The least thing politicians can do when China attacks our medicine supply
COVID exposed the danger of being heavily reliant on a foreign country for medications and medical supplies when China and other countries put a halt on PPE and other exports. As a result of inaction, we are seeing headlines announcing medication shortages of life-saving drugs, like chemotherapeutics, and generics like amoxicillin are higher than ever.
All Americans, not only those in medical professions, should share the same grave concerns expressed by former U.N. Ambassador Nikki Haley at the recent presidential primary debate. For decades, administrations from both political parties have sat idly by while America’s pharmaceutical manufacturing moved overseas, primarily to China and India.
Haley is right when she said, ‘We need to be focusing on companies that produce in America and supporting those companies that produce in America; not companies that are helping China.’
It is a national security and public health crisis that nearly 90% of the chemical ingredients needed to make antibiotics and other medications are sourced from China. And it’s not just the ingredients. Our government is purchasing final products from China too.
Our troops and our entire population are at risk when an adversary has the ability to provide tainted or ineffective products, if they provide them at all. Until we control our medication supply chain, we are at risk.
In 2015, China’s government released a 10-year plan to dominate 10 high-tech industries, especially geopolitically important sectors like bio-medicine. They directed enormous subsidies into these industries and implemented policies that favored their domestic companies while punishing any foreign competition. Since 2016, U.S. pharmaceutical imports from China have climbed 655%. This reliance is worst when it comes to antibiotics.
A pharmaceutical plant in Bristol, Tennessee, USAntibiotics, is the only remaining American manufacturer of amoxicillin finished doses. At its peak, the plant employed more than 500 American workers and manufactured ‘billions of pills,’ but as is the case of many American pharmaceutical manufacturing plants, has faced challenges in its over 30-year history.
The federal government is supporting Chinese manufacturers while plants like the one in Tennessee, are overlooked. Opportunities to strengthen our domestic supply chain are missed. This is in stark contrast to governments around the world, including Austria and France who have committed $53 million and $168 million to support their domestic antibiotics operations.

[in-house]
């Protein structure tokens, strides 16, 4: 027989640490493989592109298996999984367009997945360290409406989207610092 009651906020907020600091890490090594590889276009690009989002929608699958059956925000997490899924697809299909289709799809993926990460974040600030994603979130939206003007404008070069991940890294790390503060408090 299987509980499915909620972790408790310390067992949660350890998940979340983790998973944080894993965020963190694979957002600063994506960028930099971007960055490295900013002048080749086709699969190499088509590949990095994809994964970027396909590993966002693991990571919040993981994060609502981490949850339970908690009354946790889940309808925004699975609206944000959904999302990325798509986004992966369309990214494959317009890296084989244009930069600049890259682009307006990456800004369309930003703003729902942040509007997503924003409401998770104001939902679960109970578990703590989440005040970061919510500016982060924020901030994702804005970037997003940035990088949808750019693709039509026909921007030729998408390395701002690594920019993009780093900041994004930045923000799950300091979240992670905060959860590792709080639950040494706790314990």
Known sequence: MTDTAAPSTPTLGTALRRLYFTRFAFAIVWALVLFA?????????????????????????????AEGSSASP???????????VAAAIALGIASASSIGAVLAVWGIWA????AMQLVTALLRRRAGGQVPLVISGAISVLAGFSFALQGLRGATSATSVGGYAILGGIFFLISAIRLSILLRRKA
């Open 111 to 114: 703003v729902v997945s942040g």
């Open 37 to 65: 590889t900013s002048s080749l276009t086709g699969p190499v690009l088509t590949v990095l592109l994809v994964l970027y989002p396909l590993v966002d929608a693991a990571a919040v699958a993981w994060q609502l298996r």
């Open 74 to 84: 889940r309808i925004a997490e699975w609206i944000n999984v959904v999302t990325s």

If our federal government would redirect these contracts to domestic companies, then they would be able to expand operations, create stable jobs and improve national security.
As China aims to achieve dominance in these industries by 2049 – the hundredth anniversary of the People’s Republic of China – our vulnerability is only likely to get worse. With our health industrial base on life support, we are already facing shortages of key drugs and costly disruptions that inevitably occur when you are relying on a supplier like China.
As China continues to attack one of our most vital industries, federal leaders have a choice to make. Purchasing from American manufacturers should be the easy part of this challenge. Politicians love to talk buy American on the campaign trail because voters overwhelmingly recognize why it’s important.
We must put those campaign promises into action. When the stakes are this high, the least the federal government can do is the bare minimum.
President Biden didn’t create this problem, but he has the opportunity to do something about it. All Americans benefit when critical medications and their ingredients are manufactured in America. This bipartisan issue deserves action now before we have another crisis and the most vulnerable Americans suffer due to a lack of this life-saving medication.
It’s time to prioritize domestic pharmaceutical manufacturing to enhance our national and public health security.